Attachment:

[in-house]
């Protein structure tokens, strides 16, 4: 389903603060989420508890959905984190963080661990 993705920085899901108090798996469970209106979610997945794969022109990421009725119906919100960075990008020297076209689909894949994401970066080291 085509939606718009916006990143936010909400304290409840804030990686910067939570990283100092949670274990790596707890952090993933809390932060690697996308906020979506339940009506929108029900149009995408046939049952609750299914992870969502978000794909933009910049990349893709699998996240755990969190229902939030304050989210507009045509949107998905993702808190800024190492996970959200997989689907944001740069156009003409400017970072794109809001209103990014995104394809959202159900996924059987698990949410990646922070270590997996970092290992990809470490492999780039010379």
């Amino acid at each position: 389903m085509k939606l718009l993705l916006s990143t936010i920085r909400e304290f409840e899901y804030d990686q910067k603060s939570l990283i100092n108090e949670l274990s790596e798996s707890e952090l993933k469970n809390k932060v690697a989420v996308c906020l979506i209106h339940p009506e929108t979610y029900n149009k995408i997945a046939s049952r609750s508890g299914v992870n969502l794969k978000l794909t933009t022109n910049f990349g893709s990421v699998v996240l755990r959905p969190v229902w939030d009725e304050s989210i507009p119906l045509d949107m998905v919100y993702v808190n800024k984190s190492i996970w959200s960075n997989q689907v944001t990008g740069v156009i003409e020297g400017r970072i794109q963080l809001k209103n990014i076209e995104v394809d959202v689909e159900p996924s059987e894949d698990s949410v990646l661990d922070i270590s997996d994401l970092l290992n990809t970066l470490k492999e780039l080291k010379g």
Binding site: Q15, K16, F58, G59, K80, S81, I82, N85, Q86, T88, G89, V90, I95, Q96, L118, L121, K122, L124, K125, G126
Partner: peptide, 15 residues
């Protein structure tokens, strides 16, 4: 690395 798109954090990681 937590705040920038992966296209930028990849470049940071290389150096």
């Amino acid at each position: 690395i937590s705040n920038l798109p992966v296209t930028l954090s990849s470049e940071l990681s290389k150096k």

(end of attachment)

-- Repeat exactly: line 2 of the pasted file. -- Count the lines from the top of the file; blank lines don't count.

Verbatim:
């Protein structure tokens, strides 16, 4: 389903603060989420508890959905984190963080661990 993705920085899901108090798996469970209106979610997945794969022109990421009725119906919100960075990008020297076209689909894949994401970066080291 085509939606718009916006990143936010909400304290409840804030990686910067939570990283100092949670274990790596707890952090993933809390932060690697996308906020979506339940009506929108029900149009995408046939049952609750299914992870969502978000794909933009910049990349893709699998996240755990969190229902939030304050989210507009045509949107998905993702808190800024190492996970959200997989689907944001740069156009003409400017970072794109809001209103990014995104394809959202159900996924059987698990949410990646922070270590997996970092290992990809470490492999780039010379």